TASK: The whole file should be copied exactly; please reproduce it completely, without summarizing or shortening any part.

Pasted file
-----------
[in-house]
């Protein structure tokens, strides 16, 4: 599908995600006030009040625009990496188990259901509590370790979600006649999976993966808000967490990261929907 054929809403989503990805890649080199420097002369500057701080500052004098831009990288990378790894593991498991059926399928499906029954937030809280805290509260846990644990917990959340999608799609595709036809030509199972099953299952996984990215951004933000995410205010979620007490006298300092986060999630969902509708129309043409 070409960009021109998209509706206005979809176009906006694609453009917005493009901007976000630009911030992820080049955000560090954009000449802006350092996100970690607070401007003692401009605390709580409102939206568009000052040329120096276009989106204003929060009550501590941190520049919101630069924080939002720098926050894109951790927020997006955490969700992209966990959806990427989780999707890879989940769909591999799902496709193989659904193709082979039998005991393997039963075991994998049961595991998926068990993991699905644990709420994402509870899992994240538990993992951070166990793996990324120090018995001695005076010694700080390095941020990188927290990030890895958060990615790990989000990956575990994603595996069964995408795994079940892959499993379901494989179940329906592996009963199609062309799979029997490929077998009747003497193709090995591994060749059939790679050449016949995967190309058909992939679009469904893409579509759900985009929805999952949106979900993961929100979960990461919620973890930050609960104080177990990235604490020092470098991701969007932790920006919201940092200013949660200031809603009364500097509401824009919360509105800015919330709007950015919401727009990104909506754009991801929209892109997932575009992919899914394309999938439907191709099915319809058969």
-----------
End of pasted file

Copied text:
[in-house]
């Protein structure tokens, strides 16, 4: 599908995600006030009040625009990496188990259901509590370790979600006649999976993966808000967490990261929907 054929809403989503990805890649080199420097002369500057701080500052004098831009990288990378790894593991498991059926399928499906029954937030809280805290509260846990644990917990959340999608799609595709036809030509199972099953299952996984990215951004933000995410205010979620007490006298300092986060999630969902509708129309043409 070409960009021109998209509706206005979809176009906006694609453009917005493009901007976000630009911030992820080049955000560090954009000449802006350092996100970690607070401007003692401009605390709580409102939206568009000052040329120096276009989106204003929060009550501590941190520049919101630069924080939002720098926050894109951790927020997006955490969700992209966990959806990427989780999707890879989940769909591999799902496709193989659904193709082979039998005991393997039963075991994998049961595991998926068990993991699905644990709420994402509870899992994240538990993992951070166990793996990324120090018995001695005076010694700080390095941020990188927290990030890895958060990615790990989000990956575990994603595996069964995408795994079940892959499993379901494989179940329906592996009963199609062309799979029997490929077998009747003497193709090995591994060749059939790679050449016949995967190309058909992939679009469904893409579509759900985009929805999952949106979900993961929100979960990461919620973890930050609960104080177990990235604490020092470098991701969007932790920006919201940092200013949660200031809603009364500097509401824009919360509105800015919330709007950015919401727009990104909506754009991801929209892109997932575009992919899914394309999938439907191709099915319809058969």